ObjectiveTo assess the likely impact on HIV incidence of increased condom use, a reduction in casual sexual partners, treatment programmes for other sexually transmitted diseases (STD), and combinations of these in rural Uganda.
MethodsA simulation model for the transmission dynamics of HIV infection, and STD was employed, drawing on data from a rural population cohort in South-West Uganda with an HIV prevalence of 9% among adults in 1990.
ResultsFor the scenario most consistent with data from the study population, 39% of all adult HIV infections were averted, in the 10 years from 1990, when condoms were used consistently, and effectively by 50% of men in their contacts with one-off sexual partners (such as bar girls, and commercial sex workers). Reducing by 50% the frequency of men's sexual contacts with one-off partners averted 68% of infections. Reducing by 50% the duration of all STD episodes averted 43% of infections. Combining these three interventions averted 82% of all adult infections in the 10 years from 1990.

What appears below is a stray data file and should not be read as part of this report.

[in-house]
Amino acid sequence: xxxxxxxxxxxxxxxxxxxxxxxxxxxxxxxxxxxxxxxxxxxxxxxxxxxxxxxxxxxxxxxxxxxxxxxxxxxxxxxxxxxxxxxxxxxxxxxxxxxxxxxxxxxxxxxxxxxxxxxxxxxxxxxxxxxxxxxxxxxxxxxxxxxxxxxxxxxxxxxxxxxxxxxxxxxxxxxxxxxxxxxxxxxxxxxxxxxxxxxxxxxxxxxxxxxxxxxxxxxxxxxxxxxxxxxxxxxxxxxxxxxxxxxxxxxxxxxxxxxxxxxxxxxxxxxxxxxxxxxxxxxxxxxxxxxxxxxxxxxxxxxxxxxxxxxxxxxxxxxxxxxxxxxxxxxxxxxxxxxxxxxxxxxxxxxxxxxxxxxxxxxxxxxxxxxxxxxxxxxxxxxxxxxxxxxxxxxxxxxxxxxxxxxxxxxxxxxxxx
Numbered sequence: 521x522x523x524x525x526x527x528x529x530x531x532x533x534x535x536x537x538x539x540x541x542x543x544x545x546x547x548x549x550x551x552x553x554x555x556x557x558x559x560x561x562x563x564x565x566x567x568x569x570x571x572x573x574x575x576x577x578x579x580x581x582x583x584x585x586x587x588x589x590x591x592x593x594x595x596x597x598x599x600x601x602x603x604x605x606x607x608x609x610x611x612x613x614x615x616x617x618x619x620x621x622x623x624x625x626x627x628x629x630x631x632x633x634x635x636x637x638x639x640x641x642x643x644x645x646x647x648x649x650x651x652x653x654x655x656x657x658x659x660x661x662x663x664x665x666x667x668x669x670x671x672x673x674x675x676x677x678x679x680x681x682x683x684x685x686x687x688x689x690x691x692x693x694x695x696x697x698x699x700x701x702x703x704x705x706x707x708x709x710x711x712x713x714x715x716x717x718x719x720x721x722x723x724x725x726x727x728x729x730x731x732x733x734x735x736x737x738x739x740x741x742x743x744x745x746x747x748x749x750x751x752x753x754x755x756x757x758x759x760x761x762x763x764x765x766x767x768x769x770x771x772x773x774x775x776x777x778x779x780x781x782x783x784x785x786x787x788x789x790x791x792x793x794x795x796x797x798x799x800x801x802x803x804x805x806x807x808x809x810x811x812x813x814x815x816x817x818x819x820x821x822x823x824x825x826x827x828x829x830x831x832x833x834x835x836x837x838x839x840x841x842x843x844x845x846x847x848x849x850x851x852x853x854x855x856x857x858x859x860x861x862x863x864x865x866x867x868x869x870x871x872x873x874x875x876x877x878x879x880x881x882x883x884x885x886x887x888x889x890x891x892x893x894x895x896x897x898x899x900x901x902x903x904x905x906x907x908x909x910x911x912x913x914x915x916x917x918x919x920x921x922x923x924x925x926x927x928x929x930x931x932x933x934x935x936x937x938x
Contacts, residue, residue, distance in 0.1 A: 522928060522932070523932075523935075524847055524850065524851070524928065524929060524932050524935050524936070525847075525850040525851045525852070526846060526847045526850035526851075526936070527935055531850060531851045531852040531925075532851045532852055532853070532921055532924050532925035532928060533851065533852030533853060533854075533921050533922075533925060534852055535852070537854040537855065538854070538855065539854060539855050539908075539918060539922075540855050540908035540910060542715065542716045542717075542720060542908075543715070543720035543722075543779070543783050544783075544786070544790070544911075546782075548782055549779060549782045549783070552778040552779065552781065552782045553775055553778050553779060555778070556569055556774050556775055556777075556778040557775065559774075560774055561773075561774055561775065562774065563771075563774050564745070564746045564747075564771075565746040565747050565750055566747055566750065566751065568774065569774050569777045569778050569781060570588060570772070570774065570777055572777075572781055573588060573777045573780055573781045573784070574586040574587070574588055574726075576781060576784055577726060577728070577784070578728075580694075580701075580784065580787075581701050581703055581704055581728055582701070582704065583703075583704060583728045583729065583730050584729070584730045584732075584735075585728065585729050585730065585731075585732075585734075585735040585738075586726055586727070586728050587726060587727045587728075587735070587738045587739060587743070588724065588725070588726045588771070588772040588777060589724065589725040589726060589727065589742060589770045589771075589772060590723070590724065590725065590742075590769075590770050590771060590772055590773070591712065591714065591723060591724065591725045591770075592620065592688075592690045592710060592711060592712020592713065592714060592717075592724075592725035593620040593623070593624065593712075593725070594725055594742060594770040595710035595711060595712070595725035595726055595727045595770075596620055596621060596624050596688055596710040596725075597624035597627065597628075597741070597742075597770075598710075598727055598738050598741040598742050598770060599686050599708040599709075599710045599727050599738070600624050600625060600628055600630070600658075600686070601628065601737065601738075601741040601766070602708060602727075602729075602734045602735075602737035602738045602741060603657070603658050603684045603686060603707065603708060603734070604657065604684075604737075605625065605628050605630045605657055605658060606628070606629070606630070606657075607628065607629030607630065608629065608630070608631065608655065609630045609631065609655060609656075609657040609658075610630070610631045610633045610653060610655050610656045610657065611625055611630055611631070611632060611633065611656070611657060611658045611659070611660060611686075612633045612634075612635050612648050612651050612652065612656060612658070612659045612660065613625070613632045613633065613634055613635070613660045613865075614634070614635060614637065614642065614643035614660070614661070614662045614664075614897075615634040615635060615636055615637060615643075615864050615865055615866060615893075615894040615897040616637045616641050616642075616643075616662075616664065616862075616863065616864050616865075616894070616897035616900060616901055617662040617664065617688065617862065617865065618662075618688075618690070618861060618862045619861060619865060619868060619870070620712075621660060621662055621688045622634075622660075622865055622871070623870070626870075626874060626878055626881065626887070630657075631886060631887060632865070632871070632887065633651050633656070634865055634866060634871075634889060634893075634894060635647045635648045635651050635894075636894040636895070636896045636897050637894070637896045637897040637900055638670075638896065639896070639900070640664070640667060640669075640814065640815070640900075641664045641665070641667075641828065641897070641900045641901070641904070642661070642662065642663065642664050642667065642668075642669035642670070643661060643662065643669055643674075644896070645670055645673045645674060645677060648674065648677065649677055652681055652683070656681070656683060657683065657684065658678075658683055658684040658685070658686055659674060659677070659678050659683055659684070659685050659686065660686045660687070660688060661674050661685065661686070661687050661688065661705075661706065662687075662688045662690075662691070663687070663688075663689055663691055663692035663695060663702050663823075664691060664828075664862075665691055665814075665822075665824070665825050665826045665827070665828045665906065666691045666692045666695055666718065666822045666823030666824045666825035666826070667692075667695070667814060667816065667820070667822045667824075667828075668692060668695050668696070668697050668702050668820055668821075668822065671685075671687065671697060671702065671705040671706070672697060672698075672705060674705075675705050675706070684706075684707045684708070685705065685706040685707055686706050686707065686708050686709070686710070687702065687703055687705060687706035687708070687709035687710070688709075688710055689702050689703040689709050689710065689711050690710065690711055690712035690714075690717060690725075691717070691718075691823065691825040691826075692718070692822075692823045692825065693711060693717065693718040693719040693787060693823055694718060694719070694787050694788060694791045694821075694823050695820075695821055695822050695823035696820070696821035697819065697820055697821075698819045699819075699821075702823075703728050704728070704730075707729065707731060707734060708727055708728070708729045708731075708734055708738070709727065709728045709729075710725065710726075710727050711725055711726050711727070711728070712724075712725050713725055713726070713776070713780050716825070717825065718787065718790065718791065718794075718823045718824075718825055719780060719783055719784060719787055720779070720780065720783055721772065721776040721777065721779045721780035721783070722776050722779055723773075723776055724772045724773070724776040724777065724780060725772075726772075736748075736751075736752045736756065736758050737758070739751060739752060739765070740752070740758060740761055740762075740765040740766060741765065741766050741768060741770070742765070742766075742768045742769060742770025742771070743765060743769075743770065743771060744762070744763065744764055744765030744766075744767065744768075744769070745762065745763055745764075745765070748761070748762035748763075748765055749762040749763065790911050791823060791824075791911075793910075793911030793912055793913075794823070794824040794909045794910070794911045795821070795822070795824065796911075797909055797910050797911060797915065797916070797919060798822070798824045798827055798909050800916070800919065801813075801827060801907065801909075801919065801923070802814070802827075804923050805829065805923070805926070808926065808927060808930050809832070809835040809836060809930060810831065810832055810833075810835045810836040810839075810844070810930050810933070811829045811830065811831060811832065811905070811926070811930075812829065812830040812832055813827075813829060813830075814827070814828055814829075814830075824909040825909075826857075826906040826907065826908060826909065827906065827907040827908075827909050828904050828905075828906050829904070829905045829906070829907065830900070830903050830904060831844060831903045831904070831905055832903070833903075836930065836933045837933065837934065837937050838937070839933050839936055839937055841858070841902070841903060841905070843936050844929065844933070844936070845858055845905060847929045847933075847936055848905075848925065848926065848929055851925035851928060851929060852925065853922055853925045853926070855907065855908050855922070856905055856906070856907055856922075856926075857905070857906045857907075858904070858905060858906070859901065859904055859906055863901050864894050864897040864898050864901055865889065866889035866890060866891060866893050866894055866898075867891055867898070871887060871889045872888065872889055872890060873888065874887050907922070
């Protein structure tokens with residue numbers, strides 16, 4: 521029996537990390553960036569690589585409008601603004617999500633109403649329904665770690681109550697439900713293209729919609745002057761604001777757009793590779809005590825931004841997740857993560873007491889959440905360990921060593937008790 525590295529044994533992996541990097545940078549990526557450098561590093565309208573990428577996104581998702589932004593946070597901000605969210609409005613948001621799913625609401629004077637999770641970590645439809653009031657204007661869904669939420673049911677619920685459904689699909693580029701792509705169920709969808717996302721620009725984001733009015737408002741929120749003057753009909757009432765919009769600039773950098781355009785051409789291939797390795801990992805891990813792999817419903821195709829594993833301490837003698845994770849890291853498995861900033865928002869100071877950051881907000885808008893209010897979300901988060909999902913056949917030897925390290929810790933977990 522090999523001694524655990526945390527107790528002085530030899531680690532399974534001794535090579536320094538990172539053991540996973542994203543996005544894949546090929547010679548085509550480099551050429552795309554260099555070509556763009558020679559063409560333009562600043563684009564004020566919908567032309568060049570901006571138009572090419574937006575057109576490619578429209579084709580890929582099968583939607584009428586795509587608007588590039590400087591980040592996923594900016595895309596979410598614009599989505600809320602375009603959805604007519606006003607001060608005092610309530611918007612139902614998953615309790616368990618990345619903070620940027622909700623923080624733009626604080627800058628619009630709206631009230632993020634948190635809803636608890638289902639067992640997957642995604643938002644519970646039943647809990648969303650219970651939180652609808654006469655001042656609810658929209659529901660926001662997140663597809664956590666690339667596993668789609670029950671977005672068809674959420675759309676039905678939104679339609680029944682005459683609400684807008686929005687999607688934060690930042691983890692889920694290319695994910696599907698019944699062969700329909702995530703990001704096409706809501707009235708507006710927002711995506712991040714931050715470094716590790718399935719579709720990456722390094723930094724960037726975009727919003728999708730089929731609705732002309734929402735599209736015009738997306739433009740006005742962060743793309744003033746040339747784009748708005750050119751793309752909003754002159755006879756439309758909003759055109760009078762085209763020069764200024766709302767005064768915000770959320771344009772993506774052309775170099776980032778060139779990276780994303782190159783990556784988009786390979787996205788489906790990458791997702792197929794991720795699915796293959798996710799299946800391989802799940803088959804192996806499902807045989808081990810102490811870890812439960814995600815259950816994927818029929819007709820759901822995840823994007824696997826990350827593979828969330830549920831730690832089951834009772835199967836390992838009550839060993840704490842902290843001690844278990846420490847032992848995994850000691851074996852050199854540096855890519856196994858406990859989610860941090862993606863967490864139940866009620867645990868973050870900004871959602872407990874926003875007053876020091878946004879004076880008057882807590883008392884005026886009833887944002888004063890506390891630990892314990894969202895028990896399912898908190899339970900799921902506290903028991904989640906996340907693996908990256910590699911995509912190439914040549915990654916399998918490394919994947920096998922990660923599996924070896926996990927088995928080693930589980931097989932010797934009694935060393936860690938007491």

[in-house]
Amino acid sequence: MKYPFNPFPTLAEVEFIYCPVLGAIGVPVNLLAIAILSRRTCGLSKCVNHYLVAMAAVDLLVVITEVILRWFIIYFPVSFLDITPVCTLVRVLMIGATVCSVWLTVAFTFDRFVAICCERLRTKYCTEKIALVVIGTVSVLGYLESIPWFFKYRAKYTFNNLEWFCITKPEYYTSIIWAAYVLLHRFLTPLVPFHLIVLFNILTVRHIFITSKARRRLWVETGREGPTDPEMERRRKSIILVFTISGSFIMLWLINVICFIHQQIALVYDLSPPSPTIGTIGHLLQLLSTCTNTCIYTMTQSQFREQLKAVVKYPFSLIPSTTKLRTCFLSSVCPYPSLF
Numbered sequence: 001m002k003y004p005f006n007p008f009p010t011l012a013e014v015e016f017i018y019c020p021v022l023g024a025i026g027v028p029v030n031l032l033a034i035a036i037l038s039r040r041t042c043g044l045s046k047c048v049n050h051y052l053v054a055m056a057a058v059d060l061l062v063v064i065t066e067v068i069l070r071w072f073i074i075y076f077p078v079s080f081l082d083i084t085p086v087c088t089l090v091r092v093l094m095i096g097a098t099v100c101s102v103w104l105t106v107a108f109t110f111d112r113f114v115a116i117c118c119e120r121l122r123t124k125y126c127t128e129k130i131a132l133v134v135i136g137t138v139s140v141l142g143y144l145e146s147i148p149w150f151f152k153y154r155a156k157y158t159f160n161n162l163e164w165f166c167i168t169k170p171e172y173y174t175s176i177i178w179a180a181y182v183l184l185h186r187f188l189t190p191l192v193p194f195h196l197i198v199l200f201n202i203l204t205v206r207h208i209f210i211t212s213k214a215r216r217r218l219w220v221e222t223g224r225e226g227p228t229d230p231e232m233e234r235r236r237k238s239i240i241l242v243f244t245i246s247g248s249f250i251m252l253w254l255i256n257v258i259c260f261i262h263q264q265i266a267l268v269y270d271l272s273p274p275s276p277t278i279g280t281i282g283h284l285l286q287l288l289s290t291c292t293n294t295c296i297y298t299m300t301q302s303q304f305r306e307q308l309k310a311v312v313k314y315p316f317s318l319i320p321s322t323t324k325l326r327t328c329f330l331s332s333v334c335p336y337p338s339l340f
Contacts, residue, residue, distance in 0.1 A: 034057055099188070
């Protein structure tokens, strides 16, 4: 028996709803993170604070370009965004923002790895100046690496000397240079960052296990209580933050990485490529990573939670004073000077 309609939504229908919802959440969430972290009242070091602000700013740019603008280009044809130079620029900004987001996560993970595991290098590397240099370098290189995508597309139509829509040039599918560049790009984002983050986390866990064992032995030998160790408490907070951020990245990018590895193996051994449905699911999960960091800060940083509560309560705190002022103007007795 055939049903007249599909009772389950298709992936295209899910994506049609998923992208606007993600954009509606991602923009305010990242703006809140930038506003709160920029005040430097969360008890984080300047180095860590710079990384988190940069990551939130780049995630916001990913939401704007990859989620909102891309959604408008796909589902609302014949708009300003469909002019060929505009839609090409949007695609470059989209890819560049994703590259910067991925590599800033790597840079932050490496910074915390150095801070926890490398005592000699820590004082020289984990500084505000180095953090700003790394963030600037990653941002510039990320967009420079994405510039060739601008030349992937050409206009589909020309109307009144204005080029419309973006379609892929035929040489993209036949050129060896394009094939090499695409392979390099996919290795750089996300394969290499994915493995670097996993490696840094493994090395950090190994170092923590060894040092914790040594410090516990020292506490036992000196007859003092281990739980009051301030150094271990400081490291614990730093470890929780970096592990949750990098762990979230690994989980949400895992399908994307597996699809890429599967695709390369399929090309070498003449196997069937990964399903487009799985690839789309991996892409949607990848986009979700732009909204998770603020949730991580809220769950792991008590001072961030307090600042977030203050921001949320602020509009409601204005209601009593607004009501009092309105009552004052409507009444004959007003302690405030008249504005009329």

ConclusionA substantial proportion of HIV infections may be averted in general populations through interventions targeted only on less regular sexual partnerships.
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